The Historic New Orleans Collection, a complex of five buildings at Royal and Toulouse Streets, including the Jean Francois Merieult House (1792) one of the few buildings to survive the fire of 1794. 527-33 Royal St. and 718, 726-28 Toulouse St.
Royal Street, with ten blocks of some of the most elegant antique stores and homes in the country, many of which have been owned, operated and lived in by the same families for generations.
Chartres Street, with blocks of elegant-to-funky antique stores, the visitor can find designer shoes at discount prices, chic accessories for the home, antique French culinary ware to suit any taste and more.
Bourbon Street, with blocks of jazz and Dixieland clubs, restaurants, souvenir shops and adult entertainment, this street attracts visitors from all over the world.
There are many more historic buildings in the French Quarter. We invite you to come to New Orleans and walk through the streets of the Quarter and make discoveries of your own.
Would you believe that the oldest apartment complex in America is right here in New Orleans. The Pontalba was owned, developed and managed by a colorful character in New Orleans history, the Baroness Michaela Pontalba. It remains a prestige address in the French Quarter with a long waiting list for occupancy.
French Quarter Entertainment
Getting a glimpse like these photos should make you want more. There is much more to the quarter than Bourbon Street and the t-shirt shops. Spend your time looking and finding what you may enjoy. The French Quarter is a walk away from the Warehouse District and the Faurbourg Marigny, it's a ferry ride away from Algiers.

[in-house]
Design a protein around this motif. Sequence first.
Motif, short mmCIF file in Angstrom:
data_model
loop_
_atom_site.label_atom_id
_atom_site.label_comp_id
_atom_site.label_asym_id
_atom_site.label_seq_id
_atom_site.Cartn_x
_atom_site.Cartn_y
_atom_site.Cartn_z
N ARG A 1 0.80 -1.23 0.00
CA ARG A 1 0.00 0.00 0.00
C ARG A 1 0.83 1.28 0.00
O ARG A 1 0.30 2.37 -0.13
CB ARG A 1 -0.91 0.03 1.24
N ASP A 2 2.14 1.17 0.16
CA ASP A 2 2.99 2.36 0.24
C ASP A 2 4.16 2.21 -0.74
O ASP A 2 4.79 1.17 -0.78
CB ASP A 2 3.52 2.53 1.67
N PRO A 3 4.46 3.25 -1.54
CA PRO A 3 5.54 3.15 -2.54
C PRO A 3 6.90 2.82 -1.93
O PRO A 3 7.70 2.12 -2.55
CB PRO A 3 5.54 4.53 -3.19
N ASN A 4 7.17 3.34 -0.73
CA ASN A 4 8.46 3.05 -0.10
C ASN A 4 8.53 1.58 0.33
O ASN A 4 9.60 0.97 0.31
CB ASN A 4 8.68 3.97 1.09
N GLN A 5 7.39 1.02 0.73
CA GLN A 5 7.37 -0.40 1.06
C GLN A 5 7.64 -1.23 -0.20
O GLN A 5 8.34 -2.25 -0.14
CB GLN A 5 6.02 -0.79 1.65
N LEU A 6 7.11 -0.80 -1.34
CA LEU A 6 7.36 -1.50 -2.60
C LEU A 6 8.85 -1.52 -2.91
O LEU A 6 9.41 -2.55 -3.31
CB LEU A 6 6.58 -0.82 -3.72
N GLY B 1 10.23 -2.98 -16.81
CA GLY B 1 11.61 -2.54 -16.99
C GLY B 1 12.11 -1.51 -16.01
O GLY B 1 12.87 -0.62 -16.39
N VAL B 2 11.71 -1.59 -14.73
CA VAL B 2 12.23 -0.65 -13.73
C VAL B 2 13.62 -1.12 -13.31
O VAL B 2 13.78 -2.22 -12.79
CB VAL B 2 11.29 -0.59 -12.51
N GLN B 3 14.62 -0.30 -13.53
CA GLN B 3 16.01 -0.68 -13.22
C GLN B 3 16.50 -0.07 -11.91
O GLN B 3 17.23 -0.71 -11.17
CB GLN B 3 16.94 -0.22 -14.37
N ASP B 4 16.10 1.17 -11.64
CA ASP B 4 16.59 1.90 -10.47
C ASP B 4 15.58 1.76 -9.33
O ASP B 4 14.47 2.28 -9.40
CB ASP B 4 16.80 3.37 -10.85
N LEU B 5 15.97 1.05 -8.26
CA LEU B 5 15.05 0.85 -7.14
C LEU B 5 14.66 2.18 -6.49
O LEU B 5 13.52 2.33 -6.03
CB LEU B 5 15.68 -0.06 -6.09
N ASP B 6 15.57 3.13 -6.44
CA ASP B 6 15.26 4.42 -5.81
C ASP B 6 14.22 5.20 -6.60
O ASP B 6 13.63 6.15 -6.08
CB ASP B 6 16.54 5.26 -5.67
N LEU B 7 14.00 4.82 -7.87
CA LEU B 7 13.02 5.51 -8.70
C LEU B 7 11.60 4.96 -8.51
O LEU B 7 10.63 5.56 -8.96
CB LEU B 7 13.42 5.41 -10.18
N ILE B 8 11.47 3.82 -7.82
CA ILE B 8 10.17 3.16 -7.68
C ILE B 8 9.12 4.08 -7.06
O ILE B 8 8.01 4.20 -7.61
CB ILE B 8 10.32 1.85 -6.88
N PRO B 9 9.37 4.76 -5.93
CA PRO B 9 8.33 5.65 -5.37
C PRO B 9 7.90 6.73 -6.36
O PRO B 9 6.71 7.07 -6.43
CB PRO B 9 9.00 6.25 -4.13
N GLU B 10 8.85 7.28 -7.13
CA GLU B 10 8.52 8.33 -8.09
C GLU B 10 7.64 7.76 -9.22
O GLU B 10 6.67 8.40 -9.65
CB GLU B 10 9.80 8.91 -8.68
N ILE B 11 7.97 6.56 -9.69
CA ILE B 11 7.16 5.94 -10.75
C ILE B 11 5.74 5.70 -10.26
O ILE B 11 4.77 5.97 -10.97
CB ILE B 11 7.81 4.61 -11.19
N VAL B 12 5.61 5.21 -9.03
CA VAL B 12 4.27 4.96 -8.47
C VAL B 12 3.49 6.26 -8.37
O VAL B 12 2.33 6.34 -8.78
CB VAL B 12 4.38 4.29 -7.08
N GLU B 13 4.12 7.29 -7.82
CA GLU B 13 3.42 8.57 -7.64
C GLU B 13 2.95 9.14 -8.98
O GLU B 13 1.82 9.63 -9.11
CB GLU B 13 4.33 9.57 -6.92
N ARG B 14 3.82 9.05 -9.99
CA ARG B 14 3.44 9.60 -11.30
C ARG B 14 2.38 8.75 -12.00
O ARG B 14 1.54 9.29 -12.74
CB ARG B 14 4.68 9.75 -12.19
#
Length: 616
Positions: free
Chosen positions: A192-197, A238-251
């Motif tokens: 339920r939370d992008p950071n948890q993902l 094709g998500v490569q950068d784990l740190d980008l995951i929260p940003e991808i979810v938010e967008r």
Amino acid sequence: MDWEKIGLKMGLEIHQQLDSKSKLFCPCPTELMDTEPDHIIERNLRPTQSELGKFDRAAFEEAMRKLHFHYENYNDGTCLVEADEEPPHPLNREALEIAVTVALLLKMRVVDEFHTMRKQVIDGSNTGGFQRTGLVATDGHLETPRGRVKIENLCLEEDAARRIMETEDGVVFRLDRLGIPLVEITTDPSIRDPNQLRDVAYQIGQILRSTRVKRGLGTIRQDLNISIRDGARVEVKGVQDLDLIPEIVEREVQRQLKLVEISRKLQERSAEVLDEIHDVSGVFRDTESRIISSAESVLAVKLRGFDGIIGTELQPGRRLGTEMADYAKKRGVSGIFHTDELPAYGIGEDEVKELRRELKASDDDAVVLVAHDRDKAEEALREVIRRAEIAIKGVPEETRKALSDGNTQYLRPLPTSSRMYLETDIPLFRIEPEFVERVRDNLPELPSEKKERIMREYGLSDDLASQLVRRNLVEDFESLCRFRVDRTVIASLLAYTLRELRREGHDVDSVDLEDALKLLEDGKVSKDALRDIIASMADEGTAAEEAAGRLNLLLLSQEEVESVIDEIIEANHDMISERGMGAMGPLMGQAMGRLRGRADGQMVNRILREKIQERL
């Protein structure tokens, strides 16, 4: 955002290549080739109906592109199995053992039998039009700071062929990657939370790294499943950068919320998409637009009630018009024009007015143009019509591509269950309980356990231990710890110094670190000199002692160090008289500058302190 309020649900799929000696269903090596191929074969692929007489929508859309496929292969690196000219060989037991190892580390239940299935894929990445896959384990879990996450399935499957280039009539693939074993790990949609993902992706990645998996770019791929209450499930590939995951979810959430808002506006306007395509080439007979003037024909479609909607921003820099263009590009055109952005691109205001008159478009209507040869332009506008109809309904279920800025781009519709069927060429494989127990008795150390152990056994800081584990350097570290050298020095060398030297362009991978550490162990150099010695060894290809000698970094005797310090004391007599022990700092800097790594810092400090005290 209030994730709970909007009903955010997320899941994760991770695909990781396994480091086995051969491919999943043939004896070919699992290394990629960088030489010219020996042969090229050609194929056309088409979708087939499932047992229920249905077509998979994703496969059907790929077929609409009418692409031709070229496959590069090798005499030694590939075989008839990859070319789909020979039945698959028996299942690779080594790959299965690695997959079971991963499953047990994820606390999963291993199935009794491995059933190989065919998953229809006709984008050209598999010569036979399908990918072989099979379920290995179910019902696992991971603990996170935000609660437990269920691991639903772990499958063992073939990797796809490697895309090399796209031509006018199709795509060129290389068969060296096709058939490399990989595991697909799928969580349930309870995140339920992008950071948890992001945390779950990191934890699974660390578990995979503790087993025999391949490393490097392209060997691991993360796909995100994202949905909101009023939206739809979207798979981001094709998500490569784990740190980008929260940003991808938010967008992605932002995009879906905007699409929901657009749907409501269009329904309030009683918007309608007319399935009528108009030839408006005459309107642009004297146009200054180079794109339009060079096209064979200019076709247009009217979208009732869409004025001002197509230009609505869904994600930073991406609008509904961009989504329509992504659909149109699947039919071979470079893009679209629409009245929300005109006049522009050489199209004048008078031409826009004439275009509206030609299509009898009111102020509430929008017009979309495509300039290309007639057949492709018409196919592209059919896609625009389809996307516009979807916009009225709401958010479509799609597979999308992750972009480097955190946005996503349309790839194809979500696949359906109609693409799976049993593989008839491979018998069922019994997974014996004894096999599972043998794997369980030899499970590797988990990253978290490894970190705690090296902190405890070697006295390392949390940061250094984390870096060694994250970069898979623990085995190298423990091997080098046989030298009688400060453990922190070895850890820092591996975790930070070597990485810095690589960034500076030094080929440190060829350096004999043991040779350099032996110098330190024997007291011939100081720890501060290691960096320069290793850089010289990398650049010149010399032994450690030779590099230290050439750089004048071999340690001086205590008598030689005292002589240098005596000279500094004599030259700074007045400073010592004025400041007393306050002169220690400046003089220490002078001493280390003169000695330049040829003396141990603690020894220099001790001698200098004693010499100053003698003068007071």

You wonder who erected this statue and why it was done and for what reason. After I took the photo, I wanted to know more about the statue and was suprised to find that it was a gift from the people of France to New Orleans in 1958. Joan of Arc 1412-1431 was Maid of Orleans. Its an exact copy of an 1880 equestrian statue located in Paris, France. When it arrived the city did not have the money to erect a base that would cost 35k, so it was put into storage. In 1960 Charles DeGualle visited the city and enjoyed it so much, he helped raise the necessary funds to help erect the statue. In 1972 it was erected at the foot of Canal Street. The story does not end there. It had to be moved with the construction of the New Orleans Casino to its present location at the corner of St. Phillip and Decatur Street. It is a more fitting location and seems to be a natural here. Now I know about this and can pass it on to whomever?
French Quarter Unique Stores and Shops
Hotels and Great Food
The Living French Quarter
The most common definition of the French Quarter includes all the land stretching along the Mississippifrom Canal Street to Esplanade Avenue and in land to Rampart Street . Some definitions, such as city zoning laws, exclude the blocks facing Canal Street (which had already been redeveloped by the time "preservation" was considered) and the section between Decatur Street and the River, much of which had long served industrial and warehousing functions. Any alteration to structures in the remaining blocks is subject to review by the "Vieux Carré Commission," which determines whether the proposal is "appropriate" for the historic character of the district.
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Eric Bouler Gardner, Realtors® Louisiana License 4509 Veterans Blvd. Metairie, La 70006